The 9 Most Toxic Products You Use Every Day!
Everyday products used at home and in the workplace contain chemicals that are known to be toxic. Sadly, many individuals hold the mistaken belief that these products undergo thorough safety assessments before being sold. The truth is that regulations regarding the disclosure of toxic ingredients and the hazards of products need significant improvement.
A recent study in California utilized a chemical database to uncover alarming facts about the products we use daily at work and at home. This database focuses explicitly on volatile organic compounds, which are chemicals that evaporate and contribute to air pollution.
By combining data from the California database with toxicity information from the Environmental Protection Agency (EPA), researchers compiled a list of highly toxic chemicals released into the air in large quantities. The products containing these toxic chemicals were then ranked based on the number of particularly hazardous substances.
Although not part of the study mentioned above, Asbestos is the most toxic substance found in the workplace. Asbestos exposure is the No. 1 cause of work-related deaths worldwide. Asbestos exposure may lead to mesothelioma.
Mesothelioma is an aggressive and deadly form of cancer. You may be exposed if you work in building maintenance, plumbing, boiler making, demolition, and other construction trades.
Without further ado, let’s delve into the study’s findings regarding the most concerning toxic products used in the workplace:
- Auto/vehicle marine care products
- Cleaners, degreasers, and solvents
Individuals working with engines have a four times higher risk of developing lung cancer compared to the general population.
If you must use these products, you can reduce your exposure considerably by not using aerosol/ spray formulations. Spraying these products will cause you to breathe in much more of the toxic chemicals.
According to the WHMIS regulations in Canada and the Hazard Communication Standard in the United States, workers must receive training on the potential health effects of chemicals, labels, safety data sheets (SDSs), and how to apply this knowledge to safeguard their health and safety.
Unfortunately, many SDSs have been discovered to lack crucial health warnings. Without accurate information about health hazards, workers cannot adequately protect themselves, and the hazard training provided by their employers becomes less effective than necessary.
Now, let’s focus on the most concerning toxic substances that come into contact with your body:
- Nail coatings
- Hair styling products
- Hand sanitizers
Using hair styling products every day is why hairdressers have one of the highest rates of bladder cancer among all professions.
The most commonly reported highly dangerous chemical used on the body is formaldehyde, a toxic substance and confirmed human carcinogen found in embalming fluid. Aside from nail coatings, formaldehyde can be found in various cosmetics, nail care products, and even shampoo.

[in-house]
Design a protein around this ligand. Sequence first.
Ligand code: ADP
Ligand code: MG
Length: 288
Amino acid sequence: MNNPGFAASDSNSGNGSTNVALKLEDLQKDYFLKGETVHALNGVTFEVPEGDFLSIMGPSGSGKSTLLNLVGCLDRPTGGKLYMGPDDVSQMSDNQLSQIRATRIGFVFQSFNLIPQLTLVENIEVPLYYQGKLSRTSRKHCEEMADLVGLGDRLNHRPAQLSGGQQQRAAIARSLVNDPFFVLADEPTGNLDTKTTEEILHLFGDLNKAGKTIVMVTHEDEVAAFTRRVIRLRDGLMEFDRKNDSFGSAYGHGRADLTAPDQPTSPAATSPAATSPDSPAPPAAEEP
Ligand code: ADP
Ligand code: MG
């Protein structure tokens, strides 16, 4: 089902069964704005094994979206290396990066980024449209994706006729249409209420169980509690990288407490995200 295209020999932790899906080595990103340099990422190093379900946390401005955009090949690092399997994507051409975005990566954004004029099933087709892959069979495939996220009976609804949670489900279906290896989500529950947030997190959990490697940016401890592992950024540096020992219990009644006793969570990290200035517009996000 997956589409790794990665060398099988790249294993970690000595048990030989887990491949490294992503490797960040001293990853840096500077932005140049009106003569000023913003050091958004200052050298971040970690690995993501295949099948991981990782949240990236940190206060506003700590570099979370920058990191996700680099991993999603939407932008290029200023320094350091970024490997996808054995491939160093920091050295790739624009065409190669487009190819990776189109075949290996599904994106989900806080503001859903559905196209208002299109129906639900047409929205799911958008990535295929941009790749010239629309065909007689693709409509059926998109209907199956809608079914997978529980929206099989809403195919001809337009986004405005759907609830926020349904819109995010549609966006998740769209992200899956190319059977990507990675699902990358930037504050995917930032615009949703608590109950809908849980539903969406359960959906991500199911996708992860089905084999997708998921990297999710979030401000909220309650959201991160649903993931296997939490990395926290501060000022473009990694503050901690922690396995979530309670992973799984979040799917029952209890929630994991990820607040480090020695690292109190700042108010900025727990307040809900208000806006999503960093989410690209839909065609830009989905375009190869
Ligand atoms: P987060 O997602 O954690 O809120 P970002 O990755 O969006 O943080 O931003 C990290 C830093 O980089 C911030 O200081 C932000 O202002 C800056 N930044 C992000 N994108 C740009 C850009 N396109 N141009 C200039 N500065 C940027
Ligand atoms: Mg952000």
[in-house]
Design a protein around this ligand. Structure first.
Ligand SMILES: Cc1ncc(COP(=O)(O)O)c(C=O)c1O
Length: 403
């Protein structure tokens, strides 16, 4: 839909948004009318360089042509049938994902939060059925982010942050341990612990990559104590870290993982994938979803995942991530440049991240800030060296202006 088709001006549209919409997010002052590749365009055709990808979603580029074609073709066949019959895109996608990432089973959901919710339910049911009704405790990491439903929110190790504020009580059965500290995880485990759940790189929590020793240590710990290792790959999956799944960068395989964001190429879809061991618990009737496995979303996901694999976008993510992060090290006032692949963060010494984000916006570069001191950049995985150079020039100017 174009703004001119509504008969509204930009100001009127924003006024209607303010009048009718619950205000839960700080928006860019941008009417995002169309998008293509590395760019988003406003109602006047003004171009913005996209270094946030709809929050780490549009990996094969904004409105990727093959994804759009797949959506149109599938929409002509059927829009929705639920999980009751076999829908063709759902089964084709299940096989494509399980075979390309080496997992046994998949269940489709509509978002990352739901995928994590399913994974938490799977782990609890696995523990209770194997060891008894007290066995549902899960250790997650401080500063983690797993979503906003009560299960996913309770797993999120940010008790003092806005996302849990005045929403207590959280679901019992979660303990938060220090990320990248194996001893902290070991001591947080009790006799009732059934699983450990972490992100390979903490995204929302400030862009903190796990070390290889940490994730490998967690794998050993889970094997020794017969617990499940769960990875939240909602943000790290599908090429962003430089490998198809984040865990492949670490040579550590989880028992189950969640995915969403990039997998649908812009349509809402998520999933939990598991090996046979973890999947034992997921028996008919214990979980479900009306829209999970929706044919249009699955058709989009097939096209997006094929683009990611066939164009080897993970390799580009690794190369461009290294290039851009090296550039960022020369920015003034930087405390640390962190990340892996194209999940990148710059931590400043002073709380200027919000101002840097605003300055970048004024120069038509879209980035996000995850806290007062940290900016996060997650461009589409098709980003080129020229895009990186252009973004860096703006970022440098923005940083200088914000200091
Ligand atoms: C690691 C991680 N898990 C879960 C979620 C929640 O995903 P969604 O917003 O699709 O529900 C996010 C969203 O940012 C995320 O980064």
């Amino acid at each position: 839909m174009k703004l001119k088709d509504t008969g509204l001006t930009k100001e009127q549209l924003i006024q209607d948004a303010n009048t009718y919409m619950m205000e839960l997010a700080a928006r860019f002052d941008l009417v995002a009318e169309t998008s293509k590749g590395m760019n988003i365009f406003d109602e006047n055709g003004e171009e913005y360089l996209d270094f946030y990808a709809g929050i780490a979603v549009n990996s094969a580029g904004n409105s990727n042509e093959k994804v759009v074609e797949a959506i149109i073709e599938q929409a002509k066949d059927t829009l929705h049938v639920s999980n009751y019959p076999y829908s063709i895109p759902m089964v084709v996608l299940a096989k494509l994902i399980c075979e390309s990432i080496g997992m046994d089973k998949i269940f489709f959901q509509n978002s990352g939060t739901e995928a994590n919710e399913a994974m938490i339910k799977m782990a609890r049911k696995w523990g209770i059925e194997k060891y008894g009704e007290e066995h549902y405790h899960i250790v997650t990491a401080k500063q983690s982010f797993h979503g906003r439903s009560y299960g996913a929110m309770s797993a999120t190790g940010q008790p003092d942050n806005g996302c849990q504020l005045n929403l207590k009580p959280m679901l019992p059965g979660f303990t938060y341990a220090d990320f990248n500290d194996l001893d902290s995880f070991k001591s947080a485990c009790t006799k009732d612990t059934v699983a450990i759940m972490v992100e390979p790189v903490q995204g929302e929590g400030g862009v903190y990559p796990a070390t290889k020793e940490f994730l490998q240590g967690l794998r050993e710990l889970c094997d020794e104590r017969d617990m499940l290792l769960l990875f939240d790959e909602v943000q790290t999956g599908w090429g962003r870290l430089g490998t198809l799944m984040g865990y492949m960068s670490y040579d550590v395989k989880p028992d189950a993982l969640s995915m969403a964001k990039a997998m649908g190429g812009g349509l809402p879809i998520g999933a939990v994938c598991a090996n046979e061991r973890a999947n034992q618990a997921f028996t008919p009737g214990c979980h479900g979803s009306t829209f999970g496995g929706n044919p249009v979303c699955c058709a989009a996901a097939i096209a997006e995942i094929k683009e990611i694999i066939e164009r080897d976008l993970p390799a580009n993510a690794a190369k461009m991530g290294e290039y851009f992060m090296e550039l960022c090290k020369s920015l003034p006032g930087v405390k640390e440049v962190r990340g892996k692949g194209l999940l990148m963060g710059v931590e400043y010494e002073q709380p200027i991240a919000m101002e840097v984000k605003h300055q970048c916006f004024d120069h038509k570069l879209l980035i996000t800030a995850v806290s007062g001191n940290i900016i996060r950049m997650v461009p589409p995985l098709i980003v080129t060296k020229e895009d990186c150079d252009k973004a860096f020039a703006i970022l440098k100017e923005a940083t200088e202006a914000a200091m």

Benzene a very potent cancer causing chemical has been found in dry shampoos. The source of the benzene is thought to be the propellants (compressed gases) that force the product out of the nozzle.
Moving on to the most toxic substances frequently used at home:
- General-purpose cleaners (aerosols)
- General-purpose cleaners (non-aerosols)
- Miscellaneous office and art supplies
Numerous consumer products incorporate multiple chemicals associated with cancer and other severe toxic effects.
Labelling on consumer products in Canada and most States in the U.S. does not require identifying products that may pose health risks from chronic exposures such as cancer, reproductive toxicity, and skin or respiratory sensitization.
For example Formaldehyde was discovered in products commonly used in households, such as general-purpose cleaners, hand dishwashing soap, and bathroom and tile cleaners.
Among the top highly toxic chemicals, methylene chloride was found to be emitted in the largest volume. Methylene chloride is highly toxic and has the potential to cause cancer. It can be found in personal care products, hand dishwashing soap, adhesives, sealants, caulks, cleaners, paint removers, or strippers.
Both workers and consumers are frequently exposed to toxic chemicals throughout the day.
Most products use more than one chemical in their formulation. The health impacts resulting from the countless combinations of these chemicals remain unknown. To ensure your well-being and safety, please remain vigilant in recognizing and controlling your exposure to the products you use.
You can reduce your exposure to hazardous chemicals by using the safest product available. Don’t use aerosol spray products; open windows and doors to reduce your exposure. In some cases, a respirator may be required.
Always make it a habit to read labels and consult Safety Data Sheets (SDSs). However, it’s important to note that labels and SDSs do not always provide the whole picture. A study revealed that 30% of analyzed SDSs contained inaccurate chemical hazard warnings. If you want to learn more, please consider using one of the available applications. Here are a few examples:
Clearya® automatically analyzes ingredients for personal care, baby care, cleaning and beauty products whenever you shop online.
Think Dirty® will give you easy-to-understand information on the product, ingredients, and shop cleaner options!
WHMIS training will help you identify the chemical hazards at your work. Try the free WHMIS training online.
We hope this information will help keep you and your family safe and free from exposure to the toxic chemicals found in products commonly used at home and at work. Please let us know about the most toxic chemicals you use and what you do to stay healthy and safe.